Breakfast is the most important meal of the day. It’s been linked with lower risk of diabetes and heart disease, and it may also be the key to burning more carbohydrates during exercise, according to a new report.
Researchers from the University of Bath in the United Kingdom recently conducted a study, published in the American Journal of Physiology, to test the effect of eating breakfast before exercise.
To do so, they examined 12 men who ate porridge with milk two hours before an hour of cycling. They then did the same exercise but skipped breakfast.
After analyzing the results, they found eating breakfast before physical activity increased the rate of carbohydrates burned during the workout. It also sped up the rate at which the body digested and metabolized food eaten afterwards as well.
“This is the first study to examine the ways in which breakfast before exercise influences our responses to meals after exercise,” coauthor Javier Gonzalez said in a statement. “We found that, compared to skipping breakfast, eating breakfast before exercise increases the speed at which we digest, absorb and metabolise carbohydrate that we may eat after exercise.”
“This study suggests that, at least after a single bout of exercise, eating breakfast before exercise may ‘prime’ our body, ready for rapid storage of nutrition when we eat meals after exercise,” coauthor Rob Edinburgh added.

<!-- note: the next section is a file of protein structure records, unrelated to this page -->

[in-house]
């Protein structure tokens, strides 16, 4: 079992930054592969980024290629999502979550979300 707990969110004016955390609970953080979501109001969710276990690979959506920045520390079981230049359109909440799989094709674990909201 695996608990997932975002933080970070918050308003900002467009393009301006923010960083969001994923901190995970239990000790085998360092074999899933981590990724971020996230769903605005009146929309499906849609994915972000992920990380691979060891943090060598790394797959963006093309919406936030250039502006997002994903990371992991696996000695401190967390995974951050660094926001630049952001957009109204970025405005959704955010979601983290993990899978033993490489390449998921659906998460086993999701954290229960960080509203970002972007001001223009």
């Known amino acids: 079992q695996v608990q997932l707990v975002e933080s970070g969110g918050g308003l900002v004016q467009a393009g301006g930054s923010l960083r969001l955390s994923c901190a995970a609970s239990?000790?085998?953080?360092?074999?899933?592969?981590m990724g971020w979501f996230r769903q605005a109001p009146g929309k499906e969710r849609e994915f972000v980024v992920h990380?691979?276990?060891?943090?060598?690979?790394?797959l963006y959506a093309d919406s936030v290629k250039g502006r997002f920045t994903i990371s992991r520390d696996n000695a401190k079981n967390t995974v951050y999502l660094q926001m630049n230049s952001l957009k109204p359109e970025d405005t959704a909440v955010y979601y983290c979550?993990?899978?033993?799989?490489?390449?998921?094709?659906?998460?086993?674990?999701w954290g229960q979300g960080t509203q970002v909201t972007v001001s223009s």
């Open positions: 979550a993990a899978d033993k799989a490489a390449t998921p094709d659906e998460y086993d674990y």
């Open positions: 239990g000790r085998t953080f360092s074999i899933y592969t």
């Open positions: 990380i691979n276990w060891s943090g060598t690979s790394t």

Furthermore, they noticed the carbohydrates stored in our muscles as glycogen, not just the ones from breakfast, were being burned, too.
“This increase in the use of muscle glycogen may explain why there was more rapid clearance of blood sugar after ‘lunch’ when breakfast had been consumed before exercise,” Edinburgh explained.
The researchers said they currently have ongoing studies that are exploring whether eating breakfast before or after exercise on a regular basis influences health.
“In particular there is a clear need for more research looking at the effect of what we eat before exercise on health outcomes, but with overweight participants who might be at an increased risk of type 2 diabetes and cardiovascular disease, Edinburgh said. “These are some of the questions we will now try to answer.”
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